COUNCILLORS have endorsed a revised housing plan for Oscar Traynor Road in Santry which would see 100% of the land used for social, affordable and cost rental homes.
Dublin City Council chief Owen Keegan expressed “serious reservations” over members’ plans for one of the largest council-owned sites in the city.
On Monday councillors approved a plan which would see 80% of the land used for social and cost rental housing, with 20% reserved for an affordable scheme.
After the vote Cllr Micheal Mac Donncha (SF) said: “The endorsement of this plan by the city council is an important step forward.
“The plan provides for social, cost rental and affordable homes for purchase in a well-planned development with community facilities.
“This plan can and will be delivered. As with any plan for public housing on public land it relies on central government for funding. If the political will is there the plan can become a reality.
“Over to you Minister for Housing Darragh O’Brien.”
Previous plans for 853 homes at the 17-acre site were shelved last November following the refusal of councillors to approve a deal with developer Glenveagh Homes.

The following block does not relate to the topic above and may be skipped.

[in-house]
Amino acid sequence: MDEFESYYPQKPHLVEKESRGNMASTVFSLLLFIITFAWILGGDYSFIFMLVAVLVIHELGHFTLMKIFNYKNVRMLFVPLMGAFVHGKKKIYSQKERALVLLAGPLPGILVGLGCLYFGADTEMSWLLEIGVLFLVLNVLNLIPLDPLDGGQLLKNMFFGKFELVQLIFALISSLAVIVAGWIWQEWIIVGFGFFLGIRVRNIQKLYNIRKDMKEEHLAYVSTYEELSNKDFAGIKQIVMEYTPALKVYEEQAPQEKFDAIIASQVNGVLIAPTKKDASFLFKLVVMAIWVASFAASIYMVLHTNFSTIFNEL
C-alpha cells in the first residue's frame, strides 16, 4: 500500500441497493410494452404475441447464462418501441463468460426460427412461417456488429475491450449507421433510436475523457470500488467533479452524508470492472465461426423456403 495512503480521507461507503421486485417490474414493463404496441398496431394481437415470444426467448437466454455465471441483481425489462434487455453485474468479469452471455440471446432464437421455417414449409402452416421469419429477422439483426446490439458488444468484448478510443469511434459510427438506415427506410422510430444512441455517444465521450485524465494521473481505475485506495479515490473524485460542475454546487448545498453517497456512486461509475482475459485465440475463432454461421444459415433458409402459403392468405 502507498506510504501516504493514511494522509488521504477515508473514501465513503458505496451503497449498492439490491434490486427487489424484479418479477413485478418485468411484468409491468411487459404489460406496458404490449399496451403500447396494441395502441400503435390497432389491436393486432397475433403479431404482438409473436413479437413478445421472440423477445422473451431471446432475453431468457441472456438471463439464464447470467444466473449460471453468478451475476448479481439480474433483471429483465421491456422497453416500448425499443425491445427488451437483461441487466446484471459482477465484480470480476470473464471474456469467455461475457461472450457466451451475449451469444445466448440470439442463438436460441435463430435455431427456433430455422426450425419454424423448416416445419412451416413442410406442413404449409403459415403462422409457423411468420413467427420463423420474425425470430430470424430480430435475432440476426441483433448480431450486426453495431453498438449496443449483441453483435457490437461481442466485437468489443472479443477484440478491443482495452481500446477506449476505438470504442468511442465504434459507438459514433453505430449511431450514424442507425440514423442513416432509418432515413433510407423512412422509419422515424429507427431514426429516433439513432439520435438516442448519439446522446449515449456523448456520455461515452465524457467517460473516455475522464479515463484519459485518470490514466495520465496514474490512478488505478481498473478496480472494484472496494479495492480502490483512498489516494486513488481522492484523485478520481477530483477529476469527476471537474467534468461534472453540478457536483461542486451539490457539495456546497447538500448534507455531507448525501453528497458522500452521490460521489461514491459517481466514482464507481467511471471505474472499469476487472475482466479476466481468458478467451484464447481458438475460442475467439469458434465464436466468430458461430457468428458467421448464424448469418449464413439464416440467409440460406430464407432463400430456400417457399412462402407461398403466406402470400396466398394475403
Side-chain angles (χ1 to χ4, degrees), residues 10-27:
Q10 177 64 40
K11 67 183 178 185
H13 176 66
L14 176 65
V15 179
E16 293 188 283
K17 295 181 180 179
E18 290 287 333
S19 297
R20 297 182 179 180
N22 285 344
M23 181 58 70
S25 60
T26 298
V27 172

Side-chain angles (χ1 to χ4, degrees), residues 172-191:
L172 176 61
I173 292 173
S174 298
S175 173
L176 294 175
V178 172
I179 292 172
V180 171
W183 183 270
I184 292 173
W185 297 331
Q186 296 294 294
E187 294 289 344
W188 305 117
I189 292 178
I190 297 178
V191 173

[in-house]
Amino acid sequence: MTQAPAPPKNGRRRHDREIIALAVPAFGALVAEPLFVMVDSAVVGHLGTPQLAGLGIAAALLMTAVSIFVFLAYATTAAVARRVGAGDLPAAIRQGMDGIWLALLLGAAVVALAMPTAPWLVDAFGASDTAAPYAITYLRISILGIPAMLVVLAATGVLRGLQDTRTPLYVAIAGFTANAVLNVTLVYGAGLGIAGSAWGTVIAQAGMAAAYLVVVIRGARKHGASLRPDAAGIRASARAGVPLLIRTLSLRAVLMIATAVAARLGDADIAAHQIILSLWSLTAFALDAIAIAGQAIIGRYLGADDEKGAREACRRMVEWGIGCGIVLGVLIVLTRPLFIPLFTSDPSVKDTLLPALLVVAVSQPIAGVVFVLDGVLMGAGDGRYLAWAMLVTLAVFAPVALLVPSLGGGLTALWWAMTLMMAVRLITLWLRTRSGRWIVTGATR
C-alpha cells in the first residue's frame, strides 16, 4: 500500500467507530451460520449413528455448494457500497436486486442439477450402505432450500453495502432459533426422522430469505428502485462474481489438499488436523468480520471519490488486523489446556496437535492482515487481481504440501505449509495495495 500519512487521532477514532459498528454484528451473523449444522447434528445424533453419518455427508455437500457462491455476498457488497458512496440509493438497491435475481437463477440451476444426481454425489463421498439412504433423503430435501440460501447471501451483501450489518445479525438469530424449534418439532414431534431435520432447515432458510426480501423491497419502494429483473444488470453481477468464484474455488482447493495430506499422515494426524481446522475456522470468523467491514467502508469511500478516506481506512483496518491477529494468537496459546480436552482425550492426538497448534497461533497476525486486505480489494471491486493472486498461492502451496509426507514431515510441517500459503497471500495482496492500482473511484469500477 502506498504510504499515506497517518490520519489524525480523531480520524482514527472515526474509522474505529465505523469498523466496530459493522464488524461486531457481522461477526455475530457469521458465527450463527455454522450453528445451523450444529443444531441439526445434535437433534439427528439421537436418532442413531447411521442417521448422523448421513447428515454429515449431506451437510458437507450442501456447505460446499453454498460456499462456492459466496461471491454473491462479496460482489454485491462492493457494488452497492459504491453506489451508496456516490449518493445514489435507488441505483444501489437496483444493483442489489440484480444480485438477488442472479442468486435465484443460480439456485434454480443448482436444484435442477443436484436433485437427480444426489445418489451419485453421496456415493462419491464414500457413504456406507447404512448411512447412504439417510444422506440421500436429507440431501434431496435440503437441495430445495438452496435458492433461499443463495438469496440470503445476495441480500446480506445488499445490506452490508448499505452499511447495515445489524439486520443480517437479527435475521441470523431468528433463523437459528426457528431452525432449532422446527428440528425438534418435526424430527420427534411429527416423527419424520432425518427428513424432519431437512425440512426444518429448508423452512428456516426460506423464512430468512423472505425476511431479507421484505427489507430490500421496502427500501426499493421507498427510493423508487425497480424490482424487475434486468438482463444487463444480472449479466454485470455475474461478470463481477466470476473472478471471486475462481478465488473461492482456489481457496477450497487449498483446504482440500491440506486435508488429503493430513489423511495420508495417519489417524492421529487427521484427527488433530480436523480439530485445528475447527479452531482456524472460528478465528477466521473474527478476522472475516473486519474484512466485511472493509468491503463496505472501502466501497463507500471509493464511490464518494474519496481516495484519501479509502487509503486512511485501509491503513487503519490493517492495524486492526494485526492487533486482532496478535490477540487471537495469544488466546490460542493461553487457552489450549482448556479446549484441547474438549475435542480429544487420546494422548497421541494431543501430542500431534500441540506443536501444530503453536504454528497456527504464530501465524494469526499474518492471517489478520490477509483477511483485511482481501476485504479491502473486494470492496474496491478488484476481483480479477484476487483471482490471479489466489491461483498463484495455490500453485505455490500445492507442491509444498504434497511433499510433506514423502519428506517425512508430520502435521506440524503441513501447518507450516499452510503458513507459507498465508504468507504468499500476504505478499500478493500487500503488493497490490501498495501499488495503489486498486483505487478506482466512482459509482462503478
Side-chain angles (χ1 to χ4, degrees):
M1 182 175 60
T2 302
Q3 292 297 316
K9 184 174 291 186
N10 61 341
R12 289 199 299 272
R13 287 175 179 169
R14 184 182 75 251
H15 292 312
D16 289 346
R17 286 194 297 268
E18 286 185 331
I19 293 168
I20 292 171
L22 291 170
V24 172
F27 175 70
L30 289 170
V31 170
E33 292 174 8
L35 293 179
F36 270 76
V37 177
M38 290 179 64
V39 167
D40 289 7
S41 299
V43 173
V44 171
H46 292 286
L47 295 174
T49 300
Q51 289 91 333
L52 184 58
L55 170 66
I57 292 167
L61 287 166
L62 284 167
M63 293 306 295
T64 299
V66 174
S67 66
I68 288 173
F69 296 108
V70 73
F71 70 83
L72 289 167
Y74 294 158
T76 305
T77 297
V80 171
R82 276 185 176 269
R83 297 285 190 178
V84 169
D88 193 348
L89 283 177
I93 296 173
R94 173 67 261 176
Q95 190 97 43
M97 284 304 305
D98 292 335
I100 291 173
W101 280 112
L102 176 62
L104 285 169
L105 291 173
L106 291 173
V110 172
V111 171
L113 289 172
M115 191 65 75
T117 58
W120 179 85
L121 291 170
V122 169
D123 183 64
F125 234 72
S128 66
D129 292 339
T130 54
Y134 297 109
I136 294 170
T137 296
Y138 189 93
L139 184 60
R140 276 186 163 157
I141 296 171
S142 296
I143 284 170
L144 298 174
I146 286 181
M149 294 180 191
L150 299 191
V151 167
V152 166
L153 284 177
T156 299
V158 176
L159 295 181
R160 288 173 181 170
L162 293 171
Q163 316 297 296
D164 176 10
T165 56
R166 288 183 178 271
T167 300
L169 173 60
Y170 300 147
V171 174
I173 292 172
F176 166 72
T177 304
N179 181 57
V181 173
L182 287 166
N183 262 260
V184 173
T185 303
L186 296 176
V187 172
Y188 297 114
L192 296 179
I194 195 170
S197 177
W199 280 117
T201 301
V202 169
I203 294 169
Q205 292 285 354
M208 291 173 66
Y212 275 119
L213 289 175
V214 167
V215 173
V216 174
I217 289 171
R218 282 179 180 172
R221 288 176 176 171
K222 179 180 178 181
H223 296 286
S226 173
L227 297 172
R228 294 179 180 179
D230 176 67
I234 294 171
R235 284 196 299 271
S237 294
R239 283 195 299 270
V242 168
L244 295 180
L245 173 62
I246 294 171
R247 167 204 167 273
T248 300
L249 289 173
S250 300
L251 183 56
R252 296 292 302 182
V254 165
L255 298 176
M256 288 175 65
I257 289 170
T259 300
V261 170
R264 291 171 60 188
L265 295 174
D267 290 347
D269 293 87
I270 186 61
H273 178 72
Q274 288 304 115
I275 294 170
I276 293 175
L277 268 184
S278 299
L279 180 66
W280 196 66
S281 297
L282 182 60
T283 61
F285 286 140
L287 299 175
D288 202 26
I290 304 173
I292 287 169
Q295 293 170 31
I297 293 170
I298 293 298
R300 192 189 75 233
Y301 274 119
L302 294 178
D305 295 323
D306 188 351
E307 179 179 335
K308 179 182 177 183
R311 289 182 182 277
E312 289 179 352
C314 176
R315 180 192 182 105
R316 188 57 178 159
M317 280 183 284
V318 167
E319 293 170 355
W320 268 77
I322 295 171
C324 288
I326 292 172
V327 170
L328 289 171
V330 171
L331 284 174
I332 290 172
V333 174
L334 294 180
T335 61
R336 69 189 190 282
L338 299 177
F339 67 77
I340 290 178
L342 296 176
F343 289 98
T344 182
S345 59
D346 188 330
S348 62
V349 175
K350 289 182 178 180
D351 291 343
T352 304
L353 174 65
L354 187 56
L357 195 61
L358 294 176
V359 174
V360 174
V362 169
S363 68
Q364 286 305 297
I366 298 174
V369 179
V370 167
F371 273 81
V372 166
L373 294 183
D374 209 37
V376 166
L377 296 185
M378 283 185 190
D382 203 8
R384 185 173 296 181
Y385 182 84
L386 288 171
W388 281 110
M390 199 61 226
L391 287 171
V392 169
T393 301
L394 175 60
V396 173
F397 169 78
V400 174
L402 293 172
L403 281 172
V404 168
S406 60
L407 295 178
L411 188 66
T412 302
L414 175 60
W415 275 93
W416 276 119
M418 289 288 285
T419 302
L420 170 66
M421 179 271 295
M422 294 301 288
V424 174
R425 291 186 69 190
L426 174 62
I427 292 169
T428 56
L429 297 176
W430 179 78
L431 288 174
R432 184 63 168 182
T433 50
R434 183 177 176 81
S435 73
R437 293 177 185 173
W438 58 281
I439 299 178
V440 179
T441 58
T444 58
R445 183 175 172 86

The deal would have seen 50% of the homes sold privately by Glenveagh, 30% bought by the council for social housing and 20% sold to low- and middle-income workers qualifying for the upcoming affordable purchase scheme.
The new plan sees the number of social homes on the site increase to 40%, with another 40% used for an affordable or cost-rental scheme – where rent is linked to the cost of financing, building and managing the property.
The remaining 20% would still be available for affordable sales, but purchasers would have to offer the property back to the council if they were to move. No private sales would be included under the councillors’ plan.
Mr Keegan told councillors said he was concerned about their decision to scrap the previous agreement which had been approved by councillors in January 2017 following negotiations with the Minister for Housing.
“The management view is we have serious reservations, particular about the decision to have no private housing,” Mr Keegan said.
“We are walking away from an agreement that we made, that the executive spent four years bringing almost to successful conclusion, now we are reneging on that agreement we reached. I think that will have long term adverse implications for the city council.”